Haiku Day: Honoring the Artful Poetic Form

by   |   today@bju.edu   |  
Spring Flowers on campus of BJU the first day of spring

In schools across America, April is known as poetry month. What might be lesser known is that April 18 specifically is National Haiku Poetry Day.

The History

Haiku is a Japanese form of poetry. It was originally called hokku and used as the introductory stanza of a longer form of poetry, the renga (a linked-verse poem). The hokku would establish the setting of the renga and had to include the season, the time of day and landscape details. In the late 19th century, though, it became its own form of poetry and became known as haiku, from a combination of haikai (a humorous form of renga) and hokku.

When first written, the only subject of haiku was descriptions of nature. The 17th-century Japanese poet Matsuo Bashō—who made haiku the most popular form of Japanese poetry—broadened the subjects allowed by including his travel experiences as the topic of his. After Bashō, haiku’s range of subjects broadened in general. But, according to Encyclopedia Britannica, “the haiku remained an art of expressing much and suggesting more in the fewest possible words.”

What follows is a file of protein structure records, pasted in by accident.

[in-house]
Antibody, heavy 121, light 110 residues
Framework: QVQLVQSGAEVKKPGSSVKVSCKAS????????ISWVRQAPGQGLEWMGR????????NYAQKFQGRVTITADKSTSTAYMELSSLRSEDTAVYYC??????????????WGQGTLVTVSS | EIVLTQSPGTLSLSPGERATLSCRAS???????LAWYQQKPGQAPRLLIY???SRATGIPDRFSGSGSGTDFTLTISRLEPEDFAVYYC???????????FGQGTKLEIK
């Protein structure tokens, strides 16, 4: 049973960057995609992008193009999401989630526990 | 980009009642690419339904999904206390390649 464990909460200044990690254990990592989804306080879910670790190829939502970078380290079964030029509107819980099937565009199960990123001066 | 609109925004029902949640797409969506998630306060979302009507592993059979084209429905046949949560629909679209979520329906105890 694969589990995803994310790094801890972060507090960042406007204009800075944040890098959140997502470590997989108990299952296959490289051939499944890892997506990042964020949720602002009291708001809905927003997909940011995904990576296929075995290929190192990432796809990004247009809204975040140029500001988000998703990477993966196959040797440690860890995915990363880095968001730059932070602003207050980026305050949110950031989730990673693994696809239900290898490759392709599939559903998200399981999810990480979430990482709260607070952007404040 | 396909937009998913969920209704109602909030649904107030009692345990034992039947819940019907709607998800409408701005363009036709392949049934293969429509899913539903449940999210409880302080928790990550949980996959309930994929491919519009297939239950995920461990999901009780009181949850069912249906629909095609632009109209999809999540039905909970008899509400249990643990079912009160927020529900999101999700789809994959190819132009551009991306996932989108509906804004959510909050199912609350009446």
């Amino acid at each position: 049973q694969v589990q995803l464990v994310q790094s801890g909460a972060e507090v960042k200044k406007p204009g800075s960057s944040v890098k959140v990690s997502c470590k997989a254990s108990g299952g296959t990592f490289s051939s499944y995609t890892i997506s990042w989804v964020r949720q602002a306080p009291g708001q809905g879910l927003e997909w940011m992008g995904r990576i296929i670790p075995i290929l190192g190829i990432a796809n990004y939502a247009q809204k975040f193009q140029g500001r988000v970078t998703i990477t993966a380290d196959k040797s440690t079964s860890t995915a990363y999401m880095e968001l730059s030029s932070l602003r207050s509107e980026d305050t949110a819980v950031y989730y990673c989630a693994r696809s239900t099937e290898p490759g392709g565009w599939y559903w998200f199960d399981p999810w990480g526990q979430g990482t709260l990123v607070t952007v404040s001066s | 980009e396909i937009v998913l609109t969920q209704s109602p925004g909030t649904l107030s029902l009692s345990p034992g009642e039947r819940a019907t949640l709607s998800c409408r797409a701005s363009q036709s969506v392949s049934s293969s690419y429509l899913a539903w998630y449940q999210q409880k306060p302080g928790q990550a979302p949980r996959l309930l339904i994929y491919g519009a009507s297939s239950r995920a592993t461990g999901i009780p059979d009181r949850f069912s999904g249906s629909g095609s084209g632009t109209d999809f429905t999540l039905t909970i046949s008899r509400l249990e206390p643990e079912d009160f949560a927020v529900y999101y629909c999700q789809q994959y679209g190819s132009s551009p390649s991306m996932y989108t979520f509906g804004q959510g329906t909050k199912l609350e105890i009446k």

Haiku eventually came to refer to all poems that use the three-line, 17-syllable structure—five syllables on the first and third lines and seven syllables on the middle line. In the early 1900s, the Imagists admired the pithy verse form and its ability to create vivid visual images. Haiku also enjoyed another resurgence of popularity after World War II. Now, almost every elementary school student writes at least one haiku before moving on to middle school.

The Haiku

To honor the artful poetic form, we collected student-written haiku describing BJU in the spring:

Students in the spring
Are as happy as can be.
Summer is coming.
— Claire Murr

Green leaves spring upwards,
splashing through the murky earth
like a frog’s wet leap
— Hannah Zellers

Morning still and blue
Whispered thunder on the wind
Sun shivers for me
— Jacie Pridgeon

Days of sun and rain
Blend colors and sounds into
Songs of allergies.
— Abril Brito Mones

Rays of warmth shine through
Flakes of cherry blossom snow
All over campus.
— Abril Brito Mones

Walking through campus,
Yellow clouds loom over us.
Oh no, it’s pollen.
— Abril Brito Mones

What shoes should I wear?
Boots or sandals? I don’t know.
Greenville weather stinks.
— Abril Brito Mones